"Headed by Longinus, the Roman centurions religiously stood watch over the tomb. Suddenly, the earth began to tremble. Flashes of blinding light accompanied by a strange noise and rumble, made the Roman soldiers dazed and spellbound. Beholding Jesus rising from his tomb in all His resplendent glory, and majesty, the soldiers feel unconcious to the ground. This the real turning point for Longinus."

"Fully strenghthened in his conviction that Christ is truly the Son of GOD, Longinus, adamantly refused to be threathened of scribes of Pilate to cover up quiet about Christ's resurrection. With renewed strength, he departed on his way, proclaiming and praising the glory of Christ and His Resurrection. Pilates wrath knew no bounds. In consultation with his council of scribes and pharises, he ordered the arrest of Longinus was able to escape from the soldiers, but ultimately he voluntarily surrendered and give himself up for execution at the gallows. Longinus died for Christ's sake, truly penitent, faithful and devoted convert."

The above quoted text may be full of syntax and spelling errors, and even regarding the content, the version published by the local authorities doesn't fully agree with the Catholic dogma. However, a well-founded historical account, would provide less, not more information on the Moriones Festival, because what is celebrated it is not the historical figure of Longinus, but Longinus as perceived in a supernatural world of gods, holy spirits and miracles.

Even a grammatically corrected version would be less not more informative. The above description of the adopted local hero could be given by any participant in the festival, and with all the syntax errors it truly mirrors the sometimes confusing religious believes of an ordinary Filipino. The Western visitor whose religious believes are likely to be more sophisticated than what is reflected in the quoted text, can nevertheless enjoy the Moriones spectacle as something truly native, last not least because it has remained naïve.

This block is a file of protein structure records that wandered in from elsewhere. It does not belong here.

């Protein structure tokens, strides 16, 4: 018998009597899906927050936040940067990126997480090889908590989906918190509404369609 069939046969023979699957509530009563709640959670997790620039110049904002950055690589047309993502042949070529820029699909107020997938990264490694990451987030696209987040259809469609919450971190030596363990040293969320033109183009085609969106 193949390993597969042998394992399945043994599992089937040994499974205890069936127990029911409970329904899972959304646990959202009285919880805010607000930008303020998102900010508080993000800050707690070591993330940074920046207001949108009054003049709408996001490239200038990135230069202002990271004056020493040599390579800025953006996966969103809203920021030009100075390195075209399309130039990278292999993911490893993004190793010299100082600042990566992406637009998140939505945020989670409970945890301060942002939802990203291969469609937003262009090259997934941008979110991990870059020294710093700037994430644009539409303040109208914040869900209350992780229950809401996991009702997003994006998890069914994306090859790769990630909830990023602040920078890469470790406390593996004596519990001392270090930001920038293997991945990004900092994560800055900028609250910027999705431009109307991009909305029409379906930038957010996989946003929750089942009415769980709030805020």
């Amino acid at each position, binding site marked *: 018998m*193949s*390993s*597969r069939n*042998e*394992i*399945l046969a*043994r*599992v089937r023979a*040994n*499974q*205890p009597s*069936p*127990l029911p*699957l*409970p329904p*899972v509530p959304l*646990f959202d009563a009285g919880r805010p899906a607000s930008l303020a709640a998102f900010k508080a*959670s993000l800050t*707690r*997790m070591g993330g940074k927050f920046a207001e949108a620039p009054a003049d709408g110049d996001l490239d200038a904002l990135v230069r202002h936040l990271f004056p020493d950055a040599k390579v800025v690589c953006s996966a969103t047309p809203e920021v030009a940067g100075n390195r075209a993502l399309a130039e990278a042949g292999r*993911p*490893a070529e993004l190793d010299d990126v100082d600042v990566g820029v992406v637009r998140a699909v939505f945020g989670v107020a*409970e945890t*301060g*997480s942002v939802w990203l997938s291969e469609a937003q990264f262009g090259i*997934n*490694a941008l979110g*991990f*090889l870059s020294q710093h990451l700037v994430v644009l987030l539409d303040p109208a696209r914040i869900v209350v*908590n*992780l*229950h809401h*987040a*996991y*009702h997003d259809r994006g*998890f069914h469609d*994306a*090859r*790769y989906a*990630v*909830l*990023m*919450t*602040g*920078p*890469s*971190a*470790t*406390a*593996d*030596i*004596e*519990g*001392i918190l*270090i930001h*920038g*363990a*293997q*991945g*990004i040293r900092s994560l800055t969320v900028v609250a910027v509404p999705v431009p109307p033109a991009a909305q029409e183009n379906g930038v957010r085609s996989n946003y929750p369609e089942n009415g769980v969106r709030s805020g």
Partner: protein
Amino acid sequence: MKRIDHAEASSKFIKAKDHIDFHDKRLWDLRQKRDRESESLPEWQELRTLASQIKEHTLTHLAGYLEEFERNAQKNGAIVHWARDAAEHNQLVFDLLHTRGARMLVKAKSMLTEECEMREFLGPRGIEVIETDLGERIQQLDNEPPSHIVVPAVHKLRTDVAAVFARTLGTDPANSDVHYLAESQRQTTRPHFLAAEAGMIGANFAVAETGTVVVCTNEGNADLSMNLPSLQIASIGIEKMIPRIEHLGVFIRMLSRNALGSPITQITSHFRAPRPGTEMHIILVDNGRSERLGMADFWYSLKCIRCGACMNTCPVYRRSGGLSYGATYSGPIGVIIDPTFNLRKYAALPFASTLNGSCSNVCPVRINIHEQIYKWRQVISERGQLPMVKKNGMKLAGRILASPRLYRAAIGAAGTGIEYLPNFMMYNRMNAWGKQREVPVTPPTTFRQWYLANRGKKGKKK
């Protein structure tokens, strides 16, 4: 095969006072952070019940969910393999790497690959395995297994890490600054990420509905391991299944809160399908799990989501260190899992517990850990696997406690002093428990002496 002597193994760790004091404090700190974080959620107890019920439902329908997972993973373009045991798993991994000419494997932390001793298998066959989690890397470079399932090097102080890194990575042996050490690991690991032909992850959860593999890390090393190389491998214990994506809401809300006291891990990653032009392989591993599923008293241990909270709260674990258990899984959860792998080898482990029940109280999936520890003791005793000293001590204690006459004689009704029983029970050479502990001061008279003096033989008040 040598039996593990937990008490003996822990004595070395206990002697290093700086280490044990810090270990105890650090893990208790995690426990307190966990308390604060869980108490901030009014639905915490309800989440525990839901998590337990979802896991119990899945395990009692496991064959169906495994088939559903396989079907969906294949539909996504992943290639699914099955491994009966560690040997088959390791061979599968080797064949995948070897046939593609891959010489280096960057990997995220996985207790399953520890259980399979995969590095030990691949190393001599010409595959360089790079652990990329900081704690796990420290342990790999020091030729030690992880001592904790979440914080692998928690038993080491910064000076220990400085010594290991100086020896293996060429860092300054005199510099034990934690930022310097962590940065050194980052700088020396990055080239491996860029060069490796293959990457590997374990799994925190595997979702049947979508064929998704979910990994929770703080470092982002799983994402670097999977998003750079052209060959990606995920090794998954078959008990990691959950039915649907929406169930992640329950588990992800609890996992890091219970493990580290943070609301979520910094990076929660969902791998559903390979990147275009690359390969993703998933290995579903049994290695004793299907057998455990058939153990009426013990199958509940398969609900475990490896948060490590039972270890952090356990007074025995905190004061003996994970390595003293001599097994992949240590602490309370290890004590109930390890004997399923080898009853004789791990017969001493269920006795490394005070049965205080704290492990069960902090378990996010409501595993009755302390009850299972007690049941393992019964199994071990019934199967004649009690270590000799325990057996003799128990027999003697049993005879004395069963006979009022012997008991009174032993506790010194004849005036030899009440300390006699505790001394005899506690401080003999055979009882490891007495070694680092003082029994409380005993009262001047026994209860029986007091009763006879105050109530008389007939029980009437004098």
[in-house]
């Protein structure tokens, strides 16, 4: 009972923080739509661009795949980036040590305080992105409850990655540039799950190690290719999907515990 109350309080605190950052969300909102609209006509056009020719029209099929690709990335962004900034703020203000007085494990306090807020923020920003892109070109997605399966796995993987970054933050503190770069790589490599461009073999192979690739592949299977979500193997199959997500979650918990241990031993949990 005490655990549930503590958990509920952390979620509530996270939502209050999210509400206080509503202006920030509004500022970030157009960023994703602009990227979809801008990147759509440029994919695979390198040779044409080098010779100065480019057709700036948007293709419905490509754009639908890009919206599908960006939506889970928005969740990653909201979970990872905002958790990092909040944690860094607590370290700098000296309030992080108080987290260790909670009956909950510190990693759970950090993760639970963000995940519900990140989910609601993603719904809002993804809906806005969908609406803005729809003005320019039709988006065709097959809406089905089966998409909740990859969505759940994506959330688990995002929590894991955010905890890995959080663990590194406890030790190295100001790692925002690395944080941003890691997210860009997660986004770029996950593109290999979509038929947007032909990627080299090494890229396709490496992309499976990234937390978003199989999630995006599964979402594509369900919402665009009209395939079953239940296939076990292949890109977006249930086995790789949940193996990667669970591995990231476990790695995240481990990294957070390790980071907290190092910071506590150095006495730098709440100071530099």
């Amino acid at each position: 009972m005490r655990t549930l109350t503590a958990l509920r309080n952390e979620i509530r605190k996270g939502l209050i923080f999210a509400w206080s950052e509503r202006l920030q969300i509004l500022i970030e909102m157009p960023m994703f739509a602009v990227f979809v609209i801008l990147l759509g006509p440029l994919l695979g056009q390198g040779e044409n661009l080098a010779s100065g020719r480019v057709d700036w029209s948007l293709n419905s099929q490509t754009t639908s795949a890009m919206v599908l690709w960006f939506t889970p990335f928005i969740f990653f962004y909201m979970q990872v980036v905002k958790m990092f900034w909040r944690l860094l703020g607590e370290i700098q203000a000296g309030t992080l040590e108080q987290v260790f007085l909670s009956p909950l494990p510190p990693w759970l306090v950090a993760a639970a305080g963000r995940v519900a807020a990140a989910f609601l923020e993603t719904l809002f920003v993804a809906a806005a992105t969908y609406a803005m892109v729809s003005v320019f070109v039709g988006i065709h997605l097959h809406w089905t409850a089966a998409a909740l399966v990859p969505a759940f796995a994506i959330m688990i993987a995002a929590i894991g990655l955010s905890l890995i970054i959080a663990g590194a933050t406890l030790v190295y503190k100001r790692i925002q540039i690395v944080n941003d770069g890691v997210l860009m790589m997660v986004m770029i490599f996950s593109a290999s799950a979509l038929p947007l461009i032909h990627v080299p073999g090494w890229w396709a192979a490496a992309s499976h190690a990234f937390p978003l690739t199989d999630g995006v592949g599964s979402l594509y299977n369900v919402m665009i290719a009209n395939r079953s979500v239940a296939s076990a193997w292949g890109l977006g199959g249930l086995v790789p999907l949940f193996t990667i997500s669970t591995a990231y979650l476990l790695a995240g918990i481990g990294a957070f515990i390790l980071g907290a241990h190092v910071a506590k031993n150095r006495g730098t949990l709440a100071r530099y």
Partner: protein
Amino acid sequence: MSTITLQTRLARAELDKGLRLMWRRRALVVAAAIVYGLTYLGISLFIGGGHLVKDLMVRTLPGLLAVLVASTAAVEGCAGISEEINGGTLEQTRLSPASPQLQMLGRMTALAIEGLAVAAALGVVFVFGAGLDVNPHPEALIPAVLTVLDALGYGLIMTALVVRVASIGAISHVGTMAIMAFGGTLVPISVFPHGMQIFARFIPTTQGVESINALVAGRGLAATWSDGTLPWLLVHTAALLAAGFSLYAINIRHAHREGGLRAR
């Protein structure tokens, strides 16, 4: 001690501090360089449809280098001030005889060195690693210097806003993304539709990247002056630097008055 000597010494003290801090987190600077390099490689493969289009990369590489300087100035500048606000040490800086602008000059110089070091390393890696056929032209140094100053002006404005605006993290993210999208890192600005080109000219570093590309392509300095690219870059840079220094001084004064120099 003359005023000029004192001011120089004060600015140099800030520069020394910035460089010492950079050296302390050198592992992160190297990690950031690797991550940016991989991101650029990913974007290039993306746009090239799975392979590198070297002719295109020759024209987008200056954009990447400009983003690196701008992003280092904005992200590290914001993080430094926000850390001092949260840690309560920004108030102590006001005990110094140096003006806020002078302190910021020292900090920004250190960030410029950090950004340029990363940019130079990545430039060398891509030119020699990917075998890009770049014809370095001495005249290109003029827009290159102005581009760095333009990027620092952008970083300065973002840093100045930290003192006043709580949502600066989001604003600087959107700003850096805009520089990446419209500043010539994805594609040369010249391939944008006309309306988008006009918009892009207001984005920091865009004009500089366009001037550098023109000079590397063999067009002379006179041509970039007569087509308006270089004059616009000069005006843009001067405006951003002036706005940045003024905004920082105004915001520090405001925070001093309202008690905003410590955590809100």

In Philippine history, the island only played a role in 1646 when it was the site of a battle between the Spanish and an attacking Dutch force. The Spanish won. Since then and up to today, military events have spared the island and its population as even the NPA has not opened a front there.

Among the better known personalities of the province is Dr. Fe Del Mundo (born on Marinduque 1907). She finished a course in medicine at the University of the Philippines in 1933, made her graduate studies in pediatrics at Harvard, was trained at New York's Mt. Sinai hospital and was a resident physician of Chicago Hospital. She returned to the Philippines following WW II and invented an incubator and a jaundice relieving device.


Philippines / Marinduque / Geography

Land Area: 959sqkm (370sqmi)

Topography: rugged except for the western side which is a plain

Mountains: Mt Gasan 745m (2,444ft); Mt Maarianga 1,157m (3,796ft)

River: Boac


Philippines / Marinduque / Population

Majority Group: Tagalogs;

Language: Tagalog

Minorities: Mangyans

Island Population: 186,000

Cities, Towns: (Census of 1990; x1000): Boac 41, Buenavista 15, Gasan 25, Mogpog 25, Sta. Cruz 53, Torrijos 25.


Philippines / Marinduque / Boac

The municipal administration has, in a flyer distributed free to guests visiting the town, provided the following information about Boac: "The name Boac is meaningless. It was derived from the Tagalog word 'biak' , which means divided. It happened thus: In the olden days when there were only three established towns in the Island of Marinduque, the town of Boac comprised a very vast area of land and mountains as well as islets, namely, San Andres, Salvaria Pangapasan, and Agpisan. It also had a very good port in Balanacan... The river which ran from the eastern hinterland to the western plains down to the sea had divided the town into two areas, the northern area and the southern area. The people used to say 'Ang Bayan ng Biak' which means the town is divided by the river into two parts. In the course of time, by means of verbal intercourse [sic] and communication and the exchange of letters and notes between the people of Marinduque and Mindoro, the Tagalog word 'biak' had been corrupted to 'Boak' and then to 'Boac', the name of the town which persisted to this day"

The town dates back to 1580 when Franciscan missionaries set up a community with the name 'Our Lady of Monserrat'. In 1622, it became a Jesuit parish.

Social critics have pointed out that Catholicism as practiced in the Philippines is rife with sexual undertones to an even wider extent than Catholicism in southern Europe (and certainly to a wider extent than in central or northern Europe). Accordingly, Our Lady of Immaculate Conception, or variations thereof, seem to be the most preferred name given in the Philippines to Maria figurines, Catholic churches or institutions. The town of Baybay on the Island of Leyte is the site of a Catholic school that has aptly been named Franciscan College of Immaculate Conception - aptly, because it is run by Franciscan nuns.

The first parish church was furnished with a statue of Our Lady of Immaculate Conception, and 'Immaculate Conception' is the patron saint of Boac, as it is of Baybay, Leyte.

While an 'Immaculate Conception' patron saint may lend more wings to the fantasies of the pious, especially the young, in would probably, in the interest of the holiness of the Catholic Church, be better for parishes to choose patron saints, such as St. Peter or St. Paul or even Our Lady of Fatima -- titles which certainly would not invite sexual thoughts.